Over 3,000 Ghanaians affected annually with kidney diseases

Dr. Charlotte Osafo, President of the Ghana Kidney Foundation, has indicated that over 3,000 Ghanaians develop chronic kidney disease each year with the majority falling within the youthful age brackets of 20-50 years.

She said the disease is a silent killer since it may not have any symptom until it the damage is done adding, the disease affects around 600 million people worldwide-approximately one in ten people on earth.

Dr. Osafo was addressing a gathering in Tamale on Thursday to mark this year’s World Kidney Day as well as create more awareness on the dreadful nature of the disease and how people could avoid it.

The Tamale Teaching Hospital which was collaborating with the Ghana Kidney Foundation organized free medical screening for about 350 people out of which some were referred to the hospital for further medical diagnosis.

Dr. Osafo, who is also the Head of Renal Unit of Korle-Bu hospital, said when patients reach kidney failure stage, the only means of survival was a lifetime dialysis or kidney transplant which she said was very expensive and therefore many people cannot afford it resulting in their premature death.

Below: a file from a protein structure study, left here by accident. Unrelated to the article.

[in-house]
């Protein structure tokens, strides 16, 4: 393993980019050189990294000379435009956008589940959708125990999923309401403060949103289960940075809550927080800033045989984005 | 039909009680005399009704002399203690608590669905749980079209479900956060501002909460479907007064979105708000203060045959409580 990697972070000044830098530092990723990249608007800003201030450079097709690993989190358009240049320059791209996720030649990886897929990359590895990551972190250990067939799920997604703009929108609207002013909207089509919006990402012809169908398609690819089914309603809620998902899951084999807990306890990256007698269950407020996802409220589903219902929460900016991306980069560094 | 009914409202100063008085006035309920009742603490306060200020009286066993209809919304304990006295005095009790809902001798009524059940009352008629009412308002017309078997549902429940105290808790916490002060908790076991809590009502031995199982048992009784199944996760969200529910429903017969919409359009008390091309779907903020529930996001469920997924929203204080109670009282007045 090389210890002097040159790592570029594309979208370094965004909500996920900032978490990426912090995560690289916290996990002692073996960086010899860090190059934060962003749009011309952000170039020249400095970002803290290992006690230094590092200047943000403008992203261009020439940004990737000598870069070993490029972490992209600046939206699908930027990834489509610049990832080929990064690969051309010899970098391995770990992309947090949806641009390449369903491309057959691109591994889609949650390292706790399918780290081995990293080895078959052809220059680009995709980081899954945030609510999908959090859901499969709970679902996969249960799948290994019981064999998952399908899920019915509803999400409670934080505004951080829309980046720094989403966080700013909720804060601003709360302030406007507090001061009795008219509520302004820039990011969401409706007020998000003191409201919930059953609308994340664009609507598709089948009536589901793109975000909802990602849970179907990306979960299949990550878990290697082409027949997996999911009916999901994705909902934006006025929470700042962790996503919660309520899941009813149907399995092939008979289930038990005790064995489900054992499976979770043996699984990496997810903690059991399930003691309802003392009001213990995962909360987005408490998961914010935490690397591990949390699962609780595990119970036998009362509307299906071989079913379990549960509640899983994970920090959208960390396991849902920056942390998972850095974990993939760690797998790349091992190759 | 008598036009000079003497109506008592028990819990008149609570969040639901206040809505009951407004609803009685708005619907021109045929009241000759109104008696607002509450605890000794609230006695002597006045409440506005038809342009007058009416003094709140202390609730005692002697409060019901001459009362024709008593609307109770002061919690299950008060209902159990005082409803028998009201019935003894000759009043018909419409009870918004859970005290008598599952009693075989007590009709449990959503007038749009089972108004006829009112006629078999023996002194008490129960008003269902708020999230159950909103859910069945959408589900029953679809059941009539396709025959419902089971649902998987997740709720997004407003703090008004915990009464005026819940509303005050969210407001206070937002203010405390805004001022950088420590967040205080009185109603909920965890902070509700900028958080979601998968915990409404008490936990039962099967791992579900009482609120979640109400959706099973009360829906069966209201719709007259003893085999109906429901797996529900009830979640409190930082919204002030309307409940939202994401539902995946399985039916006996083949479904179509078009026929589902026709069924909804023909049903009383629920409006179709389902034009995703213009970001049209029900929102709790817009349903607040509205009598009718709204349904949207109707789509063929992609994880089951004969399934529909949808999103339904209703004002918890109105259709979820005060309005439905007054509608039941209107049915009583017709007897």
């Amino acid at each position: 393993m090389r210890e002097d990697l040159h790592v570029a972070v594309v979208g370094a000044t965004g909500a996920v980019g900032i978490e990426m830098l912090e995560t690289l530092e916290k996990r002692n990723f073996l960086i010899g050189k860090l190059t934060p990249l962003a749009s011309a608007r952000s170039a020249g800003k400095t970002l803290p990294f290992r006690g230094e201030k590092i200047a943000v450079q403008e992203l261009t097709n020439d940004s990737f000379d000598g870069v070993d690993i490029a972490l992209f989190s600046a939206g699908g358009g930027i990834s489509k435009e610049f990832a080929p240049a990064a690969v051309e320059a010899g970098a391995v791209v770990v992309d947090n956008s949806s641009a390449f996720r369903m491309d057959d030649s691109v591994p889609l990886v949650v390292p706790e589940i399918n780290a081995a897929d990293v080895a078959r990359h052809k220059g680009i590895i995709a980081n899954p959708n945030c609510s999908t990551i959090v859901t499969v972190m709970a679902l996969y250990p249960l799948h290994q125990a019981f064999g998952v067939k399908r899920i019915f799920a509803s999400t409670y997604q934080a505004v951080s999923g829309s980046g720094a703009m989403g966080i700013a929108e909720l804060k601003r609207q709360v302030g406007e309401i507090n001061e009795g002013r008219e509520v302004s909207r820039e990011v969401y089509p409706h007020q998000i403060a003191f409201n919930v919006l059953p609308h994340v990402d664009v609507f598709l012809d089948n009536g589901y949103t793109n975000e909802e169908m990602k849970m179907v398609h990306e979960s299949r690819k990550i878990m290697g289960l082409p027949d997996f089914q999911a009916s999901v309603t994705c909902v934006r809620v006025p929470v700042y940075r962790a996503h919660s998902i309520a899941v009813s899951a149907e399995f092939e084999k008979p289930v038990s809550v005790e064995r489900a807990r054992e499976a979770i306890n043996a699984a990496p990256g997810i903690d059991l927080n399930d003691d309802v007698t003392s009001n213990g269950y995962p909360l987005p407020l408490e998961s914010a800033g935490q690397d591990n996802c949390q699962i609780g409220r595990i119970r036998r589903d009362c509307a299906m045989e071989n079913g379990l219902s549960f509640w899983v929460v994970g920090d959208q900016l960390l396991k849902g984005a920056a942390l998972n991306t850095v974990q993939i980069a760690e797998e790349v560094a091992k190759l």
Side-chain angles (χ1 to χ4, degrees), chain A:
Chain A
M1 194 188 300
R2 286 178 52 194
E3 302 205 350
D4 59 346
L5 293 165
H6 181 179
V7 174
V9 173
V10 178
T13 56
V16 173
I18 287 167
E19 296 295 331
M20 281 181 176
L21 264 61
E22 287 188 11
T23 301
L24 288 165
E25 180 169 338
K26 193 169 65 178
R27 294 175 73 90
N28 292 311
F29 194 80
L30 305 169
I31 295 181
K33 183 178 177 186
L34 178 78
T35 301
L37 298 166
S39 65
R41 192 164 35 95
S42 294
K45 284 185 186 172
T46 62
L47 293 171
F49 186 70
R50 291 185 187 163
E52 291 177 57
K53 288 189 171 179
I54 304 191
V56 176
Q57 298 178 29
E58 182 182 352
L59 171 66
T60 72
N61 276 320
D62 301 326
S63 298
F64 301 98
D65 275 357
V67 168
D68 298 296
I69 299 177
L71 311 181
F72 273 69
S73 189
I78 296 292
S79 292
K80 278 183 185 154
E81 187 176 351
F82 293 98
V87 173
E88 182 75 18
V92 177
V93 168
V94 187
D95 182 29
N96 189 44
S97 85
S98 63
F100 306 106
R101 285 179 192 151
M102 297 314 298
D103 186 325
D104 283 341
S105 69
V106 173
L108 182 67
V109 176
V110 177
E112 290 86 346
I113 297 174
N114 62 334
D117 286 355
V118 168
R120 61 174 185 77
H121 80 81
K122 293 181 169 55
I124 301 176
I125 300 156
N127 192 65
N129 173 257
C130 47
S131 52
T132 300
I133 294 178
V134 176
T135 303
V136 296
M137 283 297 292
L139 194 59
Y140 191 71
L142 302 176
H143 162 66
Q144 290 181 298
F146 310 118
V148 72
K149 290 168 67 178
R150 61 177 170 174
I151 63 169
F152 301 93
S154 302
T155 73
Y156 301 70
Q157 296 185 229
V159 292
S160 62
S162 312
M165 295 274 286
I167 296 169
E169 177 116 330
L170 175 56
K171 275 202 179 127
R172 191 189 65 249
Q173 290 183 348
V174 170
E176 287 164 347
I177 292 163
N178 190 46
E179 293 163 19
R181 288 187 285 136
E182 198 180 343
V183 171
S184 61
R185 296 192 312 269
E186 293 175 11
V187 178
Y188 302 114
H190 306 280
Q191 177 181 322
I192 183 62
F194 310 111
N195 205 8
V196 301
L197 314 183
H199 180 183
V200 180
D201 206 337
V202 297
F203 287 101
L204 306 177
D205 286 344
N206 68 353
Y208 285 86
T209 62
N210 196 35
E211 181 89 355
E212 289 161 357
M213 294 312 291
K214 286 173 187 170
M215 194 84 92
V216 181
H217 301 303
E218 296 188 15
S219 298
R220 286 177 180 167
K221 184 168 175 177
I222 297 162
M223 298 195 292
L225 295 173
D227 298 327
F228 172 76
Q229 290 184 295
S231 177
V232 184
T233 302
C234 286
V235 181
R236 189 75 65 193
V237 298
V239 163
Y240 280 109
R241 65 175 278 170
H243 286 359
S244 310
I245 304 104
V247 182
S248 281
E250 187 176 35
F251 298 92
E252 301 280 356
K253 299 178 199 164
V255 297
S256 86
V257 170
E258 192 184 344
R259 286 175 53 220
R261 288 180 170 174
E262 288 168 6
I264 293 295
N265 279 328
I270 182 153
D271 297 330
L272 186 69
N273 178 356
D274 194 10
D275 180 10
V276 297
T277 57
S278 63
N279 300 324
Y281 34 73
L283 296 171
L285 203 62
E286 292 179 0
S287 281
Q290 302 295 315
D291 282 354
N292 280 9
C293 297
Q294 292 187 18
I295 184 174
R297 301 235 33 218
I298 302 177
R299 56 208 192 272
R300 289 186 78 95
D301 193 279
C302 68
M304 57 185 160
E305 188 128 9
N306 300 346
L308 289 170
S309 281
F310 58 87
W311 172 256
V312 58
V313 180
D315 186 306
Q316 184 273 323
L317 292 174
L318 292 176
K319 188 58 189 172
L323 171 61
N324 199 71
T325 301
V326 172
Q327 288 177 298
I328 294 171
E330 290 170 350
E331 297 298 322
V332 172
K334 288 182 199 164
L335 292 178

She suggested that the best way to reduce the death rate and make treatment affordable to many people was for Government to subsidize the cause of treatment stressing that, corporate bodies could also assist to make the dialysis affordable to many Ghanaians.

She explained that the leading cause of kidney disease worldwide was diabetes while hypertension, infection/inflammation, obesity and pollution could also cause the disease and called on all Ghanaians to get tested through inexpensive urine test for early treatment.

Dr. Osafo indicated that the 2012 World Kidney Day campaign was aimed at increasing public awareness of the necessity of maintaining good kidney health and in the absence of that, she noted that organ donation will help people to survive.

She explained that everyone could survive on one kidney and appealed to love ones to support patients by donating to the National Kidney Foundation to save lives.

The Public Relations Officer of the TTH, Mr. Nii Otu Ankrah, said the hospital currently does not have a dialysis machine and was in a process of acquiring one noting that patients who report to the facility with kidney problems are usually referred to other hospitals.

Source: GNA

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